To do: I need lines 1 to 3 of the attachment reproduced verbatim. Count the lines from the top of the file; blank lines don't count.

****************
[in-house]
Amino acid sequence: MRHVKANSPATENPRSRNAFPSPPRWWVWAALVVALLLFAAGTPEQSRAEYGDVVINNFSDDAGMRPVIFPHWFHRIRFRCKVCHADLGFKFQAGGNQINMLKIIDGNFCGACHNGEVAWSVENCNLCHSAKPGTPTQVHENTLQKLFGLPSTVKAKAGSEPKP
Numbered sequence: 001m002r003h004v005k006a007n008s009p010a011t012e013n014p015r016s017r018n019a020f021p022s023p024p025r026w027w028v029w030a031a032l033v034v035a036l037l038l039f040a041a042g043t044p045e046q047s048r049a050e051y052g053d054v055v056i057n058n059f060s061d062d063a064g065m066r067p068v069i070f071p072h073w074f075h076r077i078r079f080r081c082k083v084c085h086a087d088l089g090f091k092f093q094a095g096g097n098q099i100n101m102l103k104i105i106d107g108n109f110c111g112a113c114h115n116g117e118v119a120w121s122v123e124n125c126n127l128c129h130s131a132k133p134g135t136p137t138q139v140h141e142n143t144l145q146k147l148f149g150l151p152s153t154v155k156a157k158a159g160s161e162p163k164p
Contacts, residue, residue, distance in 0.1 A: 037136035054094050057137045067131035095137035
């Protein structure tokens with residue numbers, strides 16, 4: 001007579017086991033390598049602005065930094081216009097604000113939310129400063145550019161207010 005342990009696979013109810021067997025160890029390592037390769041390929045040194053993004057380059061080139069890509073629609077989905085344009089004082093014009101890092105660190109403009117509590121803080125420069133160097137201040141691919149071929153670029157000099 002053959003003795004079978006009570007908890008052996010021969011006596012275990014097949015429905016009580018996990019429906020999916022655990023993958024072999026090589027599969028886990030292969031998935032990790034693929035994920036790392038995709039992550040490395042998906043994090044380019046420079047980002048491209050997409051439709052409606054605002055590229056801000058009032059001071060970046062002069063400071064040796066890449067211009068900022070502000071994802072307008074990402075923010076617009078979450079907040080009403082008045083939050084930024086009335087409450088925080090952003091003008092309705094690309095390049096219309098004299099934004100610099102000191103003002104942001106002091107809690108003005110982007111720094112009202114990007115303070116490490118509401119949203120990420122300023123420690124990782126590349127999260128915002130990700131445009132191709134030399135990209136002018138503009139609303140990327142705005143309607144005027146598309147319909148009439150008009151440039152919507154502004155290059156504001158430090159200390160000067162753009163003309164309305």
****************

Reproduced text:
[in-house]
Amino acid sequence: MRHVKANSPATENPRSRNAFPSPPRWWVWAALVVALLLFAAGTPEQSRAEYGDVVINNFSDDAGMRPVIFPHWFHRIRFRCKVCHADLGFKFQAGGNQINMLKIIDGNFCGACHNGEVAWSVENCNLCHSAKPGTPTQVHENTLQKLFGLPSTVKAKAGSEPKP
Numbered sequence: 001m002r003h004v005k006a007n008s009p010a011t012e013n014p015r016s017r018n019a020f021p022s023p024p025r026w027w028v029w030a031a032l033v034v035a036l037l038l039f040a041a042g043t044p045e046q047s048r049a050e051y052g053d054v055v056i057n058n059f060s061d062d063a064g065m066r067p068v069i070f071p072h073w074f075h076r077i078r079f080r081c082k083v084c085h086a087d088l089g090f091k092f093q094a095g096g097n098q099i100n101m102l103k104i105i106d107g108n109f110c111g112a113c114h115n116g117e118v119a120w121s122v123e124n125c126n127l128c129h130s131a132k133p134g135t136p137t138q139v140h141e142n143t144l145q146k147l148f149g150l151p152s153t154v155k156a157k158a159g160s161e162p163k164p